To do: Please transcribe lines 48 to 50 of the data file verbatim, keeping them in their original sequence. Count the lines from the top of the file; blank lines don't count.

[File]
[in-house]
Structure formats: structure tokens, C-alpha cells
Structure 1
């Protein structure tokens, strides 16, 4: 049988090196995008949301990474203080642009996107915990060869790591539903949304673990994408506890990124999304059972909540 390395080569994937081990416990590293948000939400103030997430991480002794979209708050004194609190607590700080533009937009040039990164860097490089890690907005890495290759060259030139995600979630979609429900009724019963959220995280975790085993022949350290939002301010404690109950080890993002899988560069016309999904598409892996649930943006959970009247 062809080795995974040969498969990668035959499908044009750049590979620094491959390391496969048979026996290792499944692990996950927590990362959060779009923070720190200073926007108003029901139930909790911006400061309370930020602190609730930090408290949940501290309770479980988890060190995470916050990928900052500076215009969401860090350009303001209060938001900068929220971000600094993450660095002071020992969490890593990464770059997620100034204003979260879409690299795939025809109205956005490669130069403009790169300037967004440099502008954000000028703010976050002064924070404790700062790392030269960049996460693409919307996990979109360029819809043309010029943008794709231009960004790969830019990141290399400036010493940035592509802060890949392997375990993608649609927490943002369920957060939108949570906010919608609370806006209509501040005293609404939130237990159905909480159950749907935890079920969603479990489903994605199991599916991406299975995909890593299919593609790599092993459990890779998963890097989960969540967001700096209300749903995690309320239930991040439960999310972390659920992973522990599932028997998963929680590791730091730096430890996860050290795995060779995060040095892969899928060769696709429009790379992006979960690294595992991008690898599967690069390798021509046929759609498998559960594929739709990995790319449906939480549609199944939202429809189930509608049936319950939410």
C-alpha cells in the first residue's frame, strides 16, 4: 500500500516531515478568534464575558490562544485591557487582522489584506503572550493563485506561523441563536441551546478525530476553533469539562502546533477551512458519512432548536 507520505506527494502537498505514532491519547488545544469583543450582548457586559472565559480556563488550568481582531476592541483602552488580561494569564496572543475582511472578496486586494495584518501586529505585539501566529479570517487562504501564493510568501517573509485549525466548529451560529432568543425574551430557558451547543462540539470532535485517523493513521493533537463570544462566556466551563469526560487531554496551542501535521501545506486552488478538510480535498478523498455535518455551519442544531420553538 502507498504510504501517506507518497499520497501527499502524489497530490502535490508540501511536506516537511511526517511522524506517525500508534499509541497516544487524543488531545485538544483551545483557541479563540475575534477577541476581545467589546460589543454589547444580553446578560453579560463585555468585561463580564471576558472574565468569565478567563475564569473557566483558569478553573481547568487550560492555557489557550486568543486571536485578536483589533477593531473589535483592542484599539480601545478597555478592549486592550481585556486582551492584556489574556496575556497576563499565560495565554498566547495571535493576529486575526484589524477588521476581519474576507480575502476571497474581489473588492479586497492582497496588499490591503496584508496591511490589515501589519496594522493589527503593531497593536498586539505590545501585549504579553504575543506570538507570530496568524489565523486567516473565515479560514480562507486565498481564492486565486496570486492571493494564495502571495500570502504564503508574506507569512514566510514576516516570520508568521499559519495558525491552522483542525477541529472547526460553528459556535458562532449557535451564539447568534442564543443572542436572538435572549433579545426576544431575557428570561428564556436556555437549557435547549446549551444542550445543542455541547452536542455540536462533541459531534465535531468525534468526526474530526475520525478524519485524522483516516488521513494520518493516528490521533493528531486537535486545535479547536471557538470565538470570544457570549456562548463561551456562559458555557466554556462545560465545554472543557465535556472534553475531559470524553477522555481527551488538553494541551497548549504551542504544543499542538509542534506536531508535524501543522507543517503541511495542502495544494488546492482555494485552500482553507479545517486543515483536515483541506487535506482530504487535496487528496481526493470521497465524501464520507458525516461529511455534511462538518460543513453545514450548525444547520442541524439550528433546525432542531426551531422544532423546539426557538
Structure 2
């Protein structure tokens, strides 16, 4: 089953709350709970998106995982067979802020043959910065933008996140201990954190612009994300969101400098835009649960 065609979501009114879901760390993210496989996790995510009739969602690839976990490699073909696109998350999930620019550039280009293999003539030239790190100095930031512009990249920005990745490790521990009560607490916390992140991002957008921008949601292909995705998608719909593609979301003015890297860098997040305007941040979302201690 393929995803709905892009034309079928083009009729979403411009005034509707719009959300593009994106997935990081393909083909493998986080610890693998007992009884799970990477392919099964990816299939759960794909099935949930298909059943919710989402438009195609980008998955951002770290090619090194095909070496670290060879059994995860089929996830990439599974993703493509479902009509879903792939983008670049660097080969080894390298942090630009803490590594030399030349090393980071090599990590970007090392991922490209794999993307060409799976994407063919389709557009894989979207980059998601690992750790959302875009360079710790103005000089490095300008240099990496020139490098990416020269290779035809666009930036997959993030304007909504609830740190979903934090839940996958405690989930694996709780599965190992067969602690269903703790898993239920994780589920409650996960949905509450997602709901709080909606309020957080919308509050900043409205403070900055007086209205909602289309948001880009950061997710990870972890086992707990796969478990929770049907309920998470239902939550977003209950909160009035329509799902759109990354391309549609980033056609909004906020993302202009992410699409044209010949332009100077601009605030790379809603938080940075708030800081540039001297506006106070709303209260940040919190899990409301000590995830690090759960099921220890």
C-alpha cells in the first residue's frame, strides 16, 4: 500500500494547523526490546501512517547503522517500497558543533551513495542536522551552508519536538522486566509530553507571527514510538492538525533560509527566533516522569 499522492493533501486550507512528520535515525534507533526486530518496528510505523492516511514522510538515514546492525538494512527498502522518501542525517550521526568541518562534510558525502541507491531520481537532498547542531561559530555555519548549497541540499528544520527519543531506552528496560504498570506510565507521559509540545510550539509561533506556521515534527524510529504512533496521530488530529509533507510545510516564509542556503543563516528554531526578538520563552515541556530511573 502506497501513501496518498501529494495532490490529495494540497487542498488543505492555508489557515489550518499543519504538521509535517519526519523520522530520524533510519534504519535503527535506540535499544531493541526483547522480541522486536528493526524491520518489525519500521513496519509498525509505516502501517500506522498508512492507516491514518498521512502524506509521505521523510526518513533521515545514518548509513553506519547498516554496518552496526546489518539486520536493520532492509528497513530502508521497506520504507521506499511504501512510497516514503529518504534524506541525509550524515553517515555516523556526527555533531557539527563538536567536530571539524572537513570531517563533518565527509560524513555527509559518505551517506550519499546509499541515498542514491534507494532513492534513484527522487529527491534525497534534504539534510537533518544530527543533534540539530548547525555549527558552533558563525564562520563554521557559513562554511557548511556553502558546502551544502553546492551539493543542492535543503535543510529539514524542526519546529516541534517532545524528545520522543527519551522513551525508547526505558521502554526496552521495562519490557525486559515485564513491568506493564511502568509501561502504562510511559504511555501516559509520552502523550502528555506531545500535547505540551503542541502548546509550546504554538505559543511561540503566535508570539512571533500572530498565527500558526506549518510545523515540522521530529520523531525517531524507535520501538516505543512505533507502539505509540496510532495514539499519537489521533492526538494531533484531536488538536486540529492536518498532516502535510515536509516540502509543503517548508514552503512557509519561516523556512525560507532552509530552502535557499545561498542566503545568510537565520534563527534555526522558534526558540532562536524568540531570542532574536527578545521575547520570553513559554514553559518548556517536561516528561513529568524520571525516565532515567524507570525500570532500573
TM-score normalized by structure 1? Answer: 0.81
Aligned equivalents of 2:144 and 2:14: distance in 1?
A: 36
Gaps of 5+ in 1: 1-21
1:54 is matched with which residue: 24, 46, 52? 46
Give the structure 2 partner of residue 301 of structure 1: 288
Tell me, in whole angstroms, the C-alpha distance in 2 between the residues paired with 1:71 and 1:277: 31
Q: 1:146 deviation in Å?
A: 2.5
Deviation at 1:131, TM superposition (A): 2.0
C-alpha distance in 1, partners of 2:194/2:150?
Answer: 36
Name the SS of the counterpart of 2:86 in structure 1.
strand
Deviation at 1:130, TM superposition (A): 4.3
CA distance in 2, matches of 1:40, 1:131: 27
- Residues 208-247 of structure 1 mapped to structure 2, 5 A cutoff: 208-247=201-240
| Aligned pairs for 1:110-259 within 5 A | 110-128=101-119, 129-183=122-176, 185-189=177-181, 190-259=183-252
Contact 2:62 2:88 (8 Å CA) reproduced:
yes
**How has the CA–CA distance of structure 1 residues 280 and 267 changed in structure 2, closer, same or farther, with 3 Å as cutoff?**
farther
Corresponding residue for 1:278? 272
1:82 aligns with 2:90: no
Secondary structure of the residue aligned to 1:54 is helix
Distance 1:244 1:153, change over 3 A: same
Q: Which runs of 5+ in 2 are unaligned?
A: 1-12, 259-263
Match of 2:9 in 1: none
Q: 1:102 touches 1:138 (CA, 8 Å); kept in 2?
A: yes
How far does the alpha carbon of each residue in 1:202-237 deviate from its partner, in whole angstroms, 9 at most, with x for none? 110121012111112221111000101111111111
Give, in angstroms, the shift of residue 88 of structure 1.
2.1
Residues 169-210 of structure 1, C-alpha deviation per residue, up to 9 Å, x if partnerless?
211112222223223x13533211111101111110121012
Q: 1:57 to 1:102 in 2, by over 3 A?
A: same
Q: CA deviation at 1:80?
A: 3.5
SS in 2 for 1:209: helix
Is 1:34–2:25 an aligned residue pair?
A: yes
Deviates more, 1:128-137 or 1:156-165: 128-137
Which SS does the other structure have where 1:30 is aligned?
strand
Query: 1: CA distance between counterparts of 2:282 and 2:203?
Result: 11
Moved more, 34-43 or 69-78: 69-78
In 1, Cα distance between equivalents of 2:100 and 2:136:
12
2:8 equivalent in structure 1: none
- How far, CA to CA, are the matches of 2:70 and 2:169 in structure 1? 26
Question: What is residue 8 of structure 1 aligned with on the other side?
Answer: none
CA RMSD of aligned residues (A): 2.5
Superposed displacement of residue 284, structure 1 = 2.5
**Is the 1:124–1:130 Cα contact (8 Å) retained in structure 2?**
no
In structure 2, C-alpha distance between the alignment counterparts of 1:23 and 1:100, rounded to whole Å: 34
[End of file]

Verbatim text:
A: 3.5
SS in 2 for 1:209: helix
Is 1:34–2:25 an aligned residue pair?